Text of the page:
When mapping out OMD’s decade, Horgan places particular emphasis on these early years. 2010 was “a bit comfortable”. 2011 and 2012 were a “big fright” thanks to Westpac and Telstra. And in 2013 and 2014, OMD got its mojo back. Buchanan explains that, in large part, that mojo continues because the agency has accepted the need to prioritise evolution above perfection.

“Momentum’s more important than everything being perfect, because it will change anyhow,” she says.

“That shifted how we looked at the product and the people and the culture as well.”

But Buchanan also leads the agency thinking “there’s a fight around the corner … because if someone pulls their socks up, or you get a new CMO, you need to be ready for that.”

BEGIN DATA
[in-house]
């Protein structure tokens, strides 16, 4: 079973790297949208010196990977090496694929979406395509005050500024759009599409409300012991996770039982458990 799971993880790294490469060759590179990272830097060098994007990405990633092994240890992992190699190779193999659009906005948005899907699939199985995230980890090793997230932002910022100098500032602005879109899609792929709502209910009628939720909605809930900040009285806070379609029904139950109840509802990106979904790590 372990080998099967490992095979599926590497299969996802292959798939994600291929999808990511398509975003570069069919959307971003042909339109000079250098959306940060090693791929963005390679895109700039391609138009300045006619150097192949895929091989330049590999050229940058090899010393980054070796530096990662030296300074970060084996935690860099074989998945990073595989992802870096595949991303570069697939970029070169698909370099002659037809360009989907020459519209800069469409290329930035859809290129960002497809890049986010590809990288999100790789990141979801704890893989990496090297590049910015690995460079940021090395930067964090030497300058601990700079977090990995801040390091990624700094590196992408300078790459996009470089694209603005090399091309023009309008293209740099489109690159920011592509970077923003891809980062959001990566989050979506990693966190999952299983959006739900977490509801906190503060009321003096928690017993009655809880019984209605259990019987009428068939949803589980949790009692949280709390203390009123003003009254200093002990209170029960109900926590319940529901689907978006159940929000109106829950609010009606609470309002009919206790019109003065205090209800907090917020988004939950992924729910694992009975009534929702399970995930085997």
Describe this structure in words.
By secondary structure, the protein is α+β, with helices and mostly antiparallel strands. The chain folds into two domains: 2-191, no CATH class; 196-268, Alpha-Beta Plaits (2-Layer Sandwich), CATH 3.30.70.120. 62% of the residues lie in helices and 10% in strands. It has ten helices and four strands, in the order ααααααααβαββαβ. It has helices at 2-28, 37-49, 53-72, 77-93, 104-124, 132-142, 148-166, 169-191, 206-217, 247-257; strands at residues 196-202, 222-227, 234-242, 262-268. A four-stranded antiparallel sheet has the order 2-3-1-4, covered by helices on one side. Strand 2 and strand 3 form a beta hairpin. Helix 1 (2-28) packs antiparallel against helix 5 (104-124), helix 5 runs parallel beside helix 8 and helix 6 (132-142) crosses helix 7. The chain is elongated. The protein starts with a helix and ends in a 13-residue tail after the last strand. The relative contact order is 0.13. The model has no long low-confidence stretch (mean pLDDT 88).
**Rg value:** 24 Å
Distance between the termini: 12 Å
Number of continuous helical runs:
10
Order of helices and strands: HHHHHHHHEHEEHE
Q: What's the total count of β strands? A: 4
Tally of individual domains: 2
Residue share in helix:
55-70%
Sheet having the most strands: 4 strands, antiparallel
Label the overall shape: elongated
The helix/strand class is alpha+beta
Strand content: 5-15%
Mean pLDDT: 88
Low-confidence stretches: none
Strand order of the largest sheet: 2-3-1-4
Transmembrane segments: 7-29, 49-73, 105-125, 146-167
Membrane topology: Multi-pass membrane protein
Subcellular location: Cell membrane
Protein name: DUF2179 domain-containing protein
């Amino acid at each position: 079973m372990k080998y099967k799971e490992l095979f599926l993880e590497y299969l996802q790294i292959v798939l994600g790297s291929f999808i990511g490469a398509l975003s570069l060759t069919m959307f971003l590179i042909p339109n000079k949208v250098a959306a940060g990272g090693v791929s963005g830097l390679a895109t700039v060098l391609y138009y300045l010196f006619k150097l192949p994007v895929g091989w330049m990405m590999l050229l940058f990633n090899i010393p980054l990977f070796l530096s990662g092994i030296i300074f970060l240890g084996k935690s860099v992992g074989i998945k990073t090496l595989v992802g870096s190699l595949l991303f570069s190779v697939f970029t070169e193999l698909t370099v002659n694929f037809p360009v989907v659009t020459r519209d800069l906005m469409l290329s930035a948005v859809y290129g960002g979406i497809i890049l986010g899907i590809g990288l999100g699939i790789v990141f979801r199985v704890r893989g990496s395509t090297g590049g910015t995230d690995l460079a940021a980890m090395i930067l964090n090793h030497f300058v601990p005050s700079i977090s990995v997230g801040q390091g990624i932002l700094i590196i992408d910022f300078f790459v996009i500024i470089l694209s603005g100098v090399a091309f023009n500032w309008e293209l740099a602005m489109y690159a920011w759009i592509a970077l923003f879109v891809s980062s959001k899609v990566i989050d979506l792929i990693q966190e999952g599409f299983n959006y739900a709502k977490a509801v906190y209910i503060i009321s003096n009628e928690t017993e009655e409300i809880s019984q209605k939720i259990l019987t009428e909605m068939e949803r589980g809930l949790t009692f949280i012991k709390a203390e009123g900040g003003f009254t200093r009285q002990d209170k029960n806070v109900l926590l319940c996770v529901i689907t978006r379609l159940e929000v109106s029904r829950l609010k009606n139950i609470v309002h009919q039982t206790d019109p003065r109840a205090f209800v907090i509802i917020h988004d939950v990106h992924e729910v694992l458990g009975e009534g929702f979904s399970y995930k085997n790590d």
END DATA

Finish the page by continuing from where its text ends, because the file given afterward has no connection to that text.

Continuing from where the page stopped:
From comfortable to consistent

OMD’s paranoia is accompanied by a genuine belief that sustainable businesses are successful businesses. Horgan says that you have to ensure growth is managed, especially working for holding companies that will hike up targets if you perform too well. If he was facing the prospect of 30% growth in a year, he’d stretch it out over two or three.

OMD took a step back from pitching following its win of the Suncorp account

Committing to sustainability can mean scaling back. As Buchanan explains, OMD has “walked away from $250m in new business because we committed to our people and to Suncorp in particular at Sydney that we wouldn’t pitch for 12 months”.

“They know they’re not getting reeled out in two days time to do another pitch after winning a big fish like that,” she says about what that does for team morale.